Wine Chat is BACK! The lovely Kim has shared her input on Wine Faults today. She gets the core of what Cork Taint means & debunks all of the rumours. This was a huge learning lesson for me as I knew very little about Cork Taint until now. Anyone else get really excited when you learn something new?!
Missed the first two training posts?
Part 1: Opening Wine (Click HERE)
Part 2: Decanting & Serving Wine (Click HERE)
This is another part of wine that requires lots of practice i.e. drinking! You’re only going to learn what is right and wrong in wine by being exposed to lots of different wines and trying whatever you can. When we present a glass of wine to a guest for tasting, or if we ourselves are doing the tasting, what we are first looking for is cork taint.
Now Cork Taint is something that is sometimes confused with many other things which we will clear up. If the cork crumbles when it comes out, that’s just from the storage of the wine and mainly an indication of poor or incorrect storage or faulty cork, not Cork Taint. Cork Taint is actually a fungus infection of the cork itself which is there when the cork is still part of the tree. It creates a chemical compound called TCA which once in contact with the wine, contaminates the wine within the hour. This is another misconception, cork taint doesn’t appear over time or mean you’ve cellared too long, its an instant thing and is irreversible damage.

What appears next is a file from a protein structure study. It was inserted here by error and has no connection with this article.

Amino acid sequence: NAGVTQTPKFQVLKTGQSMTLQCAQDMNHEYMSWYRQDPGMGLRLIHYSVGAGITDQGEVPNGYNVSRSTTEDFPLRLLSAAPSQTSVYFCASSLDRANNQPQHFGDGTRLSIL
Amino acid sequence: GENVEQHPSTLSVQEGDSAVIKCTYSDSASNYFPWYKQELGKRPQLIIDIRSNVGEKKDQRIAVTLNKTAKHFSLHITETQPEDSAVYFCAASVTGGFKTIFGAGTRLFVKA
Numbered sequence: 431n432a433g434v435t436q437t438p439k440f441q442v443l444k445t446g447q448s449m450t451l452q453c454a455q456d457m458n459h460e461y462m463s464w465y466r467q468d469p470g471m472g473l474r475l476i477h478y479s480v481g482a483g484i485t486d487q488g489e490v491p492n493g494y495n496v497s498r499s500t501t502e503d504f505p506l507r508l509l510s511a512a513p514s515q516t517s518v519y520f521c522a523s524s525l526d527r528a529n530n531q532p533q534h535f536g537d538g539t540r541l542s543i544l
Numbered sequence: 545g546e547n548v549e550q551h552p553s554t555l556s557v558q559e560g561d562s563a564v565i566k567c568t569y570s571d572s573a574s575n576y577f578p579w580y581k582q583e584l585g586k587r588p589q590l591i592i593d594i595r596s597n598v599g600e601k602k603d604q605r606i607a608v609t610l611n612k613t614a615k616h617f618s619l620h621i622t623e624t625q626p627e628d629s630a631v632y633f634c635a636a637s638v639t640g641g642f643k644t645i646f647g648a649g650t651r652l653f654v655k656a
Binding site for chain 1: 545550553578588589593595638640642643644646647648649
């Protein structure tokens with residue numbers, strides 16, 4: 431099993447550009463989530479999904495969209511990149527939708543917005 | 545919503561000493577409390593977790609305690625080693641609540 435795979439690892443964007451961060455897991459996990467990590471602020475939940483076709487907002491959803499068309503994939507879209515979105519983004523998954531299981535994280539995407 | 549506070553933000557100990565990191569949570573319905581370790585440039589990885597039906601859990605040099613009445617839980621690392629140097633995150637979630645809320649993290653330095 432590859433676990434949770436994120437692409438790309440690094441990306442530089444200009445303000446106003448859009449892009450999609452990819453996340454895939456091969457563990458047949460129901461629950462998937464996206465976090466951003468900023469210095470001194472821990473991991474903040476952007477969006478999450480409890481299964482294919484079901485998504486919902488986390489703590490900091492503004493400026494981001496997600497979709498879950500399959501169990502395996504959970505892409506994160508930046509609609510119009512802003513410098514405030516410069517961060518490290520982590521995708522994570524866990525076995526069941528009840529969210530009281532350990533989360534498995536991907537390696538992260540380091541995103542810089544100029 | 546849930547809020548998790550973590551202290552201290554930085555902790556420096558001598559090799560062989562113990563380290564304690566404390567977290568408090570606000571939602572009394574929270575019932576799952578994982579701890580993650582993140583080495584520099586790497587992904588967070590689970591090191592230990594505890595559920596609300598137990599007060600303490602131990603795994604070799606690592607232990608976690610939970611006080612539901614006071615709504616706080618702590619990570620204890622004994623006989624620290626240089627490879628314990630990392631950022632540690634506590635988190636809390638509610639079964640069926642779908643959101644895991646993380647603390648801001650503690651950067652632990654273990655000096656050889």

What you’re smelling for with Cork Taint is the smell of wet, damp, soggy cardboard. You will also see that the fruit and the wine itself is quite lacklustre and dull as Cork Taint strips the wine of its characteristics. Again this is a very subjective thing, some people are very sensitive and can smell it as soon as the bottle is opened. Others, find it harder to smell out and at low levels will still find the wine enjoyable. Corked wines aren’t harmful for human consumption, they just won’t be the best and some people will find them undrinkable.
Another fault we may find in wine is oxidation. Oxidation is usually caused by poor cellar and storage or when the wine has simply passed its prime and should have been drunk sooner. This is very visible in the colour of the wine, with the wine turning brown in colour and again loss of fruit flavour and aroma. The wine will appear flat and dull.
A wine can also simply be “not to style”. This is obviously harder to detect unless you know the wine inside out. When a wine is bottled it starts all together in one big tank and then the bottles are filled in a bottling line. Now even though the wines all start together and are the same, it doesn’t mean they always mature the same. Some wines just don’t develop the same as the others, which we call bottle variation. Again, nothing wrong with the wine but they may not be the best example to serve the guests. Your best comparison is to always open another bottle and see if there are differences.
Our last topic next week is all about Wine Storage… perfect timing as I’m busy planning our shipyard work list & definitely need to look into more storage options.
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